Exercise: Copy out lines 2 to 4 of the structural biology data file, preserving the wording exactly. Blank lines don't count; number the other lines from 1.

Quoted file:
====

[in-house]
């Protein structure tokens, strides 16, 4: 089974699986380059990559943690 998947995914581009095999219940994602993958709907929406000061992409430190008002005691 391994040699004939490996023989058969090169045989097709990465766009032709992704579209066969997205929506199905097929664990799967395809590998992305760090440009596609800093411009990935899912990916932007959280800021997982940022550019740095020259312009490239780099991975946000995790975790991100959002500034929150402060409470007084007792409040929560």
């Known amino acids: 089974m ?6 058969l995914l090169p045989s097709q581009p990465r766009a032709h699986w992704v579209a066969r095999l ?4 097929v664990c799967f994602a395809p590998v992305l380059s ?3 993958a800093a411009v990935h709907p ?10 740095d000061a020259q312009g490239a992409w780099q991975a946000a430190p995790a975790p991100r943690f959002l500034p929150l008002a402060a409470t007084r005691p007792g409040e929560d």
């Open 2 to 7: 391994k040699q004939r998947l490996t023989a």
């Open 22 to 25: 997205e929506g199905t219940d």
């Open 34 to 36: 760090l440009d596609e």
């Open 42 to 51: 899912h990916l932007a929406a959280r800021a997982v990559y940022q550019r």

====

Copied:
């Protein structure tokens, strides 16, 4: 089974699986380059990559943690 998947995914581009095999219940994602993958709907929406000061992409430190008002005691 391994040699004939490996023989058969090169045989097709990465766009032709992704579209066969997205929506199905097929664990799967395809590998992305760090440009596609800093411009990935899912990916932007959280800021997982940022550019740095020259312009490239780099991975946000995790975790991100959002500034929150402060409470007084007792409040929560």
């Known amino acids: 089974m ?6 058969l995914l090169p045989s097709q581009p990465r766009a032709h699986w992704v579209a066969r095999l ?4 097929v664990c799967f994602a395809p590998v992305l380059s ?3 993958a800093a411009v990935h709907p ?10 740095d000061a020259q312009g490239a992409w780099q991975a946000a430190p995790a975790p991100r943690f959002l500034p929150l008002a402060a409470t007084r005691p007792g409040e929560d």
């Open 2 to 7: 391994k040699q004939r998947l490996t023989a």